evidence of fraud mounting in Egypt

Calls for investigations.

Egyptian elections

"In the Islamist stronghold of Alexandria, the two Islamist candidates, Abdel Moneim Abul Fotouh and Mohamed Morsi, managed only 37% between them. In areas of the delta long considered to be the Brotherhood's electoral fortresses, their official candidate trailed second, third or even fourth. And in the sprawling, informal Cairo neighbourhood of Imbaba – known as the "Islamic emirate of Imbaba" in the early 1990s, when Egypt's government sent in the army to clear out what they believed had become a state-within-a-state for Islamic militants at the heart of the Egyptian capital – secular nationalist Hamdeen Sabahi romped home to victory. Several contradictory trends are becoming apparent within Egyptian electoral politics, but none of them represent an unreconstructed return to a timeless status quo."

PS Notice that Hamdin Sabahi is not referred to as Nasserist Arab nationalist with a leftist agenda. That is too spooky for the Western press.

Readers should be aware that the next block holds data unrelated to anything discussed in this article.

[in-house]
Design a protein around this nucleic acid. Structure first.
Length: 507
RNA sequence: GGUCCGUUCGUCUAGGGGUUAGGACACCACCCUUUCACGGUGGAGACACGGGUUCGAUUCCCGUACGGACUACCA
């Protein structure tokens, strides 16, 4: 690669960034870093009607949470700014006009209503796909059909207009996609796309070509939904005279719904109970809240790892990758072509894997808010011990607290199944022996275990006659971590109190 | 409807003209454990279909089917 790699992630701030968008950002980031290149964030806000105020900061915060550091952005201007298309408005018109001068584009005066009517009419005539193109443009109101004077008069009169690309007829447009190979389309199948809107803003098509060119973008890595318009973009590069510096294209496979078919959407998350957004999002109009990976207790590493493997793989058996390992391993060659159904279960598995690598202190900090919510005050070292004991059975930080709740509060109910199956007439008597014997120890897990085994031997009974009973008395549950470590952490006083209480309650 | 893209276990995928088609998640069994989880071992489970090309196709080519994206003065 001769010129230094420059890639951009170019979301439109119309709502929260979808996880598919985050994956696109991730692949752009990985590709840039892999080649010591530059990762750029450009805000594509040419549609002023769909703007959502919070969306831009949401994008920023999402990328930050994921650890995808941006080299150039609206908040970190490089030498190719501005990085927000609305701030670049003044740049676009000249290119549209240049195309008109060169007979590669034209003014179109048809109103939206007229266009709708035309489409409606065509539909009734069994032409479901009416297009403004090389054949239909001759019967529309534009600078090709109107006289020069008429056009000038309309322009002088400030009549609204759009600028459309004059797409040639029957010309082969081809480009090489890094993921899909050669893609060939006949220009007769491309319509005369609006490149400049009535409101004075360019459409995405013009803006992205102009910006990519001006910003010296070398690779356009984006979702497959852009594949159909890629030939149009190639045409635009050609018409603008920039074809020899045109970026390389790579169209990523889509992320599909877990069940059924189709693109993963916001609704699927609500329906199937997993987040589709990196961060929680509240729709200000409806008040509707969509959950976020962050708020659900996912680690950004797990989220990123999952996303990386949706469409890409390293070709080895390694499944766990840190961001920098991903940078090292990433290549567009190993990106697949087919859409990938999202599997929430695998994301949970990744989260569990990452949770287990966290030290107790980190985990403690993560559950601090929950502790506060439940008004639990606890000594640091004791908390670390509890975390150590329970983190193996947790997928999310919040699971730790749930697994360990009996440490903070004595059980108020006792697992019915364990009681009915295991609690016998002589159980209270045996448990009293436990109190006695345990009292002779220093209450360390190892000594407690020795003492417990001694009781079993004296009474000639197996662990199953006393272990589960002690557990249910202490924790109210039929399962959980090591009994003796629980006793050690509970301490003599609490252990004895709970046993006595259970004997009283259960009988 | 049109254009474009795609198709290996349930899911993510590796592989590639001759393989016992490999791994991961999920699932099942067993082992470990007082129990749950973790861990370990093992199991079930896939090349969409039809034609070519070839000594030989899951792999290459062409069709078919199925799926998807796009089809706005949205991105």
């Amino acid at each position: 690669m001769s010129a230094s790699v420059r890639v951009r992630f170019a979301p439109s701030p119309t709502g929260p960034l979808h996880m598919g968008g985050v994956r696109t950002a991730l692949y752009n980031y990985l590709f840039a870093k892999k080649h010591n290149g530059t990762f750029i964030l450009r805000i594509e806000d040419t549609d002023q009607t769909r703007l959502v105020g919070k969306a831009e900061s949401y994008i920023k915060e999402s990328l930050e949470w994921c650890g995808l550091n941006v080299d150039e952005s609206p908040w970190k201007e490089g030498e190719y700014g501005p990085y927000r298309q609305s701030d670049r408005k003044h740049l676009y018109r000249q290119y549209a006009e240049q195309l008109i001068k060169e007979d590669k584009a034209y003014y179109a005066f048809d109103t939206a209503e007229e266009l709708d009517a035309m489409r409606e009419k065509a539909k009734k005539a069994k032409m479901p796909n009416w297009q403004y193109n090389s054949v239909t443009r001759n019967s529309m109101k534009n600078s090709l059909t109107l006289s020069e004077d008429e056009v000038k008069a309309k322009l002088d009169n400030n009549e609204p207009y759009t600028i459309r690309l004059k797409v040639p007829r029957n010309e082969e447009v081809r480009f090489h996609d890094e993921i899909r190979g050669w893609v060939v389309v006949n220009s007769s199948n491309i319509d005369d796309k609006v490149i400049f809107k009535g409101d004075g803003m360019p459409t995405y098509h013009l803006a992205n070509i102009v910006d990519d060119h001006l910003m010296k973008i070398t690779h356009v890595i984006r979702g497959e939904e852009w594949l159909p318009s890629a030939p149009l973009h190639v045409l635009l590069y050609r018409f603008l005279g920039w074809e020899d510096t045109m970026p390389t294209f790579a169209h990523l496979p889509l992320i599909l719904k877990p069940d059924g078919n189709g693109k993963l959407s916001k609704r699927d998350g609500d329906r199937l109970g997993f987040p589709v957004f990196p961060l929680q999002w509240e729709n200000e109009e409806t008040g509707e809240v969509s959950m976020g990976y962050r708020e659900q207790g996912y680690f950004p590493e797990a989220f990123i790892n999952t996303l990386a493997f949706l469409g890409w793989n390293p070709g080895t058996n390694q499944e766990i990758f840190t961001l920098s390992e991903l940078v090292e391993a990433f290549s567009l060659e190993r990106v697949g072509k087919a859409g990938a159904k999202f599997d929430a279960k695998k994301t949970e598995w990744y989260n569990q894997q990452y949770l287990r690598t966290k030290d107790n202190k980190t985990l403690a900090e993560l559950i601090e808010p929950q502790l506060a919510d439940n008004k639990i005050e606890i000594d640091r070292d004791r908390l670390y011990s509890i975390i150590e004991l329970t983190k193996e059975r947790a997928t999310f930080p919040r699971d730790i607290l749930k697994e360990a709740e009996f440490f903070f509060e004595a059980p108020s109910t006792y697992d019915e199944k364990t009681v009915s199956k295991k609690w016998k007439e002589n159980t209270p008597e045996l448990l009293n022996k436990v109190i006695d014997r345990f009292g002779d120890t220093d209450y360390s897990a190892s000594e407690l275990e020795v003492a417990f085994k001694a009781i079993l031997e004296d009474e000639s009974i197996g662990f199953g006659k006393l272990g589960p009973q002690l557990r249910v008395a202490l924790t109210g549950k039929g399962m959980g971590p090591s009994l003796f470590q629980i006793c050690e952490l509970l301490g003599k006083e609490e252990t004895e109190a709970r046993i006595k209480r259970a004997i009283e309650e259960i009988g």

The Afghan occupation puppet wants some respect

"Most of the contentious parts of the pact, which could have seen the obstructive parliament reject the deal, had earlier been removed and dealt with separately, including giving Afghans control of controversial night raids on homes and prisons used to detain insurgents."

rendition project

Joerg from Germany sent me this:  "there is a new website which tries to document CIA renditions. 45 countries are involved:
I found the information here:
"By bringing all the data into one place, The Rendition Project is uncovering the sheer extent of the global network of secret prisons and torture which grew up after September 2001, and the direct and indirect involvement in this by many countries across the world,” stated Dr Sam Raphael, from Kingston University, UK.  During the next months the teams at Kingston University and Kent University will publish the data in a consolidated data base in an open format, and will be adding further analysis thus enabling researchers and lawyers to link precise flight records and other evidence with the cases of individual victims and countries."


"A number of Israeli companies have recently won UN tenders for reconstruction projects in the Gaza Strip, enraging Palestinian contractors who claim they were outbid by the country that destroyed their infrastructure." (thanks John)

racist separation